Fire Service Implications from the Department of Labor’s Planned Minimum Salary Increases for White Collar Overtime Exempt Employees

The U.S. Department of Labor (DOL) is poised to increase the minimum the salary necessary to classify workers [including many high-ranking fire officers] as overtime exempt under the FLSA. The new rule, which will likely go into effect in early 2024 will raise the minimum required weekly salary for overtime exempt white-collar employees by $375 per week and the minimum annual salary for highly compensated employees by $36,556 per year. The DOL estimates 1.3 million workers will become overtime eligible because of these increases.

In order to fully understand the potential fire service implications from the DOL’s impending salary increase for overtime exempt employees, we need to start with a little background information. Under the FLSA, there is a presumption that all employees are entitled to overtime pay after working 40 hours in a seven-day workweek. However, the FLSA exempts several categories of employees from this general rule. Included in these exemptions is a total overtime pay exemption for white-collar executive, administrative, and professional employees. Additionally, DOL regulations exempt certain highly compensated employees from the FLSA’s overtime protections. Many senior fire officers are classified as overtime exempt white collar employees.

There are two basic requirements necessary to classify any employee as a white-collar overtime exempt employee. The first relates to the employee’s job duties. This is often called the “duties test.” In a nutshell, the employee must perform duties consistent with the exemption. Each exemption carries a different list of job duties.

The second requirement relates to the exempt employee’s salary. This is referred to as the “salary test.” There are two components to the salary test. First, an exempt employee must receive a fixed salary. In other words, the employee cannot be paid on an hourly basis. The second component of the salary test is the minimum weekly salary. This is where the DOL is proposing a change.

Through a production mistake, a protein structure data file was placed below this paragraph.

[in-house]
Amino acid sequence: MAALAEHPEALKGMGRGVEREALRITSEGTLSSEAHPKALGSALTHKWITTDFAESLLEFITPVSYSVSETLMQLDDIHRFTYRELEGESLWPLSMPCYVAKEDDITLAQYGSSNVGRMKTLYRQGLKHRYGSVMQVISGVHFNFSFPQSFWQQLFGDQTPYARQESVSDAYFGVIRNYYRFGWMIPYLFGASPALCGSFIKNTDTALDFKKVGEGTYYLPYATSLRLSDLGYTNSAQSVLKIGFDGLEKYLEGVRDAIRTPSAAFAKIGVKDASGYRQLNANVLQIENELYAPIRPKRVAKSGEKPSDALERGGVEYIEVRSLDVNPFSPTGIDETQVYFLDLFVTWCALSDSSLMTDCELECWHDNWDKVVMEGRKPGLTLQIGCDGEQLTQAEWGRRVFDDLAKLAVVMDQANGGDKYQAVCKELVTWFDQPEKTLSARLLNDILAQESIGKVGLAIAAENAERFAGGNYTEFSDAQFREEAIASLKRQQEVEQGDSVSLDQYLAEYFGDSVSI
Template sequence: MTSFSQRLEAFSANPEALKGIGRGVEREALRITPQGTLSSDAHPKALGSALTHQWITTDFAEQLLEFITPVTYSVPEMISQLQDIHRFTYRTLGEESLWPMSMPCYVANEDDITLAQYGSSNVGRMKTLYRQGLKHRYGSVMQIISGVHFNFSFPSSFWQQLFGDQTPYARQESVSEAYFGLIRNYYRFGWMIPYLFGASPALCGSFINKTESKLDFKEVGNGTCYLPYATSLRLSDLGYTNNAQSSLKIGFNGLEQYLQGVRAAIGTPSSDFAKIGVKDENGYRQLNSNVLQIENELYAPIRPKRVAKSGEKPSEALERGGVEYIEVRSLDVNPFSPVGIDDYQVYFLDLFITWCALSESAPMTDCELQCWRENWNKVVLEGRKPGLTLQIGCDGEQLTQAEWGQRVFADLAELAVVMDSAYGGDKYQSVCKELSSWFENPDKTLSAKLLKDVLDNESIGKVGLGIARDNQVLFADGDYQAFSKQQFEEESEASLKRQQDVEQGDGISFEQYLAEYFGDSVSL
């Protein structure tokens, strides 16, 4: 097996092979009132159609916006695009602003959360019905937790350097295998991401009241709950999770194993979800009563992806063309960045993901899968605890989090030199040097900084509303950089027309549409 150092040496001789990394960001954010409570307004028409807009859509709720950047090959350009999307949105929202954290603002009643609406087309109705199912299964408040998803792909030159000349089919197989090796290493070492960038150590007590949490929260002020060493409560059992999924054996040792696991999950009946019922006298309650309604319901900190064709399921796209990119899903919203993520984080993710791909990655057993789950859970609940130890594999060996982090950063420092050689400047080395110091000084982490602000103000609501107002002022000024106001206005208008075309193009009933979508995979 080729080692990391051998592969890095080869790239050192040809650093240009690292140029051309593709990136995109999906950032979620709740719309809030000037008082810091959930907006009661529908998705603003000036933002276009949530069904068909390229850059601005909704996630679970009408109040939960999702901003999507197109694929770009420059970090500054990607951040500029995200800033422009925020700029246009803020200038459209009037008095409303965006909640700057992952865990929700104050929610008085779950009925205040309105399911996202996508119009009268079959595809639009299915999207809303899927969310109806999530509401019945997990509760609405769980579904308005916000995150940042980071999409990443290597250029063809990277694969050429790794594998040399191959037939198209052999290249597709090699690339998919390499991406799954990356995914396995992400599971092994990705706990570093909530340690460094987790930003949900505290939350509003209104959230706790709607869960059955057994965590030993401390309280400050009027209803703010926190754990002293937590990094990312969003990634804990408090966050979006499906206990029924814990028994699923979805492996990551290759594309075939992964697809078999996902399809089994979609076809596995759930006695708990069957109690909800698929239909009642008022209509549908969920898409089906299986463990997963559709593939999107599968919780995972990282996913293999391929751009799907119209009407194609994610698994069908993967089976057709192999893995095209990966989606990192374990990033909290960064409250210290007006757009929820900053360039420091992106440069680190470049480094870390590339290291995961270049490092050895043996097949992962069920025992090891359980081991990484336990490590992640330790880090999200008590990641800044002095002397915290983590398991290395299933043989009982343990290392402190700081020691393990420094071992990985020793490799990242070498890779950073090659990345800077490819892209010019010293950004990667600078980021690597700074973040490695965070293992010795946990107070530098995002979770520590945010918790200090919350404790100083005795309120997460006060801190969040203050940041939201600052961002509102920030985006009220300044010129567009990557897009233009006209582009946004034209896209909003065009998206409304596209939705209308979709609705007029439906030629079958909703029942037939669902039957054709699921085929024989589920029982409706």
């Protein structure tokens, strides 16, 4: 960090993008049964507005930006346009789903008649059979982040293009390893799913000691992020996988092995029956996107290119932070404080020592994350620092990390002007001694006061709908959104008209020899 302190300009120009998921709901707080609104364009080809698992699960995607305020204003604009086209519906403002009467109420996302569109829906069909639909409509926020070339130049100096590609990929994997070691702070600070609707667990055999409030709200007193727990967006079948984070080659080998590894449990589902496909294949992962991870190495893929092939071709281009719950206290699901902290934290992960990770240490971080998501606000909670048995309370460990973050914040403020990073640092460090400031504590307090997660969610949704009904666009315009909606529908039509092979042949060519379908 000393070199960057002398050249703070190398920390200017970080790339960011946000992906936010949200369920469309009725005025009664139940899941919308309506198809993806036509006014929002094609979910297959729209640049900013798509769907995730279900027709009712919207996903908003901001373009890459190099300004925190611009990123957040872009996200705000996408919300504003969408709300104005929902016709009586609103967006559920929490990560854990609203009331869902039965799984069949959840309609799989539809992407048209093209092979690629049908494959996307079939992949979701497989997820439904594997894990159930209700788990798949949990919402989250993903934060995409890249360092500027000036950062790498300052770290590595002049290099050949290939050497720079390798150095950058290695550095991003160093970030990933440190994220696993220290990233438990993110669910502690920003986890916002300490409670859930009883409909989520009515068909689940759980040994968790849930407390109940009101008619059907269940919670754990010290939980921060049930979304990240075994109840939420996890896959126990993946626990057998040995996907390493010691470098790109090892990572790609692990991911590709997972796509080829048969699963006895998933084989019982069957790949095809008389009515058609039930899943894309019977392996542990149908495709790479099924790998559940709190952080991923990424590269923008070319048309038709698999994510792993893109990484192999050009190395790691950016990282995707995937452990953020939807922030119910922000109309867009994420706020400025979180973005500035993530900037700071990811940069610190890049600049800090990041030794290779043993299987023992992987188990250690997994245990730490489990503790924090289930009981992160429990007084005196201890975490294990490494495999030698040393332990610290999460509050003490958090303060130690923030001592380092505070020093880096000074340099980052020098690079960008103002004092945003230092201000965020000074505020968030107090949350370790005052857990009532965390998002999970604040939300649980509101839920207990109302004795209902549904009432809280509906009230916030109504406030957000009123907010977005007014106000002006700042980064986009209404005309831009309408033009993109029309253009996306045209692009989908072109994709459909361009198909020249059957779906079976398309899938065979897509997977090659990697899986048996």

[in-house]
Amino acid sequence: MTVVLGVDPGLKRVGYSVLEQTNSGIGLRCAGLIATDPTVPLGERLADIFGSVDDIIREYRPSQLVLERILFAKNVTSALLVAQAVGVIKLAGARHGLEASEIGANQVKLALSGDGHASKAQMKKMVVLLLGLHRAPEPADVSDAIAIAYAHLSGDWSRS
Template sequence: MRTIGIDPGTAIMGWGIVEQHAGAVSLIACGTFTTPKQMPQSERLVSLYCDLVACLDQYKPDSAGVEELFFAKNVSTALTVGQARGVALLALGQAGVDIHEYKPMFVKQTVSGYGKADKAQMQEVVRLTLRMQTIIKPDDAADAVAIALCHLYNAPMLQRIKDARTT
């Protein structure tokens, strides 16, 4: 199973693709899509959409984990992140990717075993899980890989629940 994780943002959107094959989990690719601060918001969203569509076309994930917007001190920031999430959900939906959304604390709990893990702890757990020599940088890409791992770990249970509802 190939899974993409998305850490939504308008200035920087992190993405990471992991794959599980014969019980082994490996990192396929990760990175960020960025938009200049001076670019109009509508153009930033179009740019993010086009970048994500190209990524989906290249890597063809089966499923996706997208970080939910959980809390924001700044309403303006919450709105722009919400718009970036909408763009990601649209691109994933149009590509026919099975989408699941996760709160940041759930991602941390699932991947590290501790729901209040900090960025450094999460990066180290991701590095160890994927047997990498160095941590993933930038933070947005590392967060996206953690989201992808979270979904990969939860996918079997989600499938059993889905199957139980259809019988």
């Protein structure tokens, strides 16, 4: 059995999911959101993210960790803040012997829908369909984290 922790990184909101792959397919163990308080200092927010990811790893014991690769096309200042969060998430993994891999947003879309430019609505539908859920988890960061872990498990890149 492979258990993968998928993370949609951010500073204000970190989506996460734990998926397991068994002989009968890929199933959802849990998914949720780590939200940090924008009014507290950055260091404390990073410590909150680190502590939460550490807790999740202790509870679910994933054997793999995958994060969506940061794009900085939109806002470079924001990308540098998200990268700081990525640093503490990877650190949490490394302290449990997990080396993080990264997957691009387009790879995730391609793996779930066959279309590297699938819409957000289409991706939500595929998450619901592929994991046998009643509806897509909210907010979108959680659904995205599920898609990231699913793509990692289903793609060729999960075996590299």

Currently, overtime exempt employees must be paid at least $684 per week ($35,568 annually). The DOL is planning on increasing this minimum weekly salary to $1,059 per week ($55,068 per year). Additionally, the DOL is also proposing an increase to the minimum annual salary necessary to classify an employee as a highly compensated overtime exempt employee. Currently, an employee must earn at least 107,432 per year in order to meet this narrow exemption. The DOL is planning on increasing this to $143,988 per year under the current proposal.

Fire Service Implications

At first glance, the weekly minimum salary increase will likely not impact many exempt full time fire officers, since they [hopefully] earn more than $1,059 per week. However, many smaller organizations utilize the FLSA’s white-collar exemptions to compensate part-time chief officers and other high-level employees. The DOL’s impending minimum salary increase will very likely impact those organizations. In fact, my friend and colleague Curt Varone addressed that topic earlier this year on his Fire Law Blog. For more information on that, please find that post below.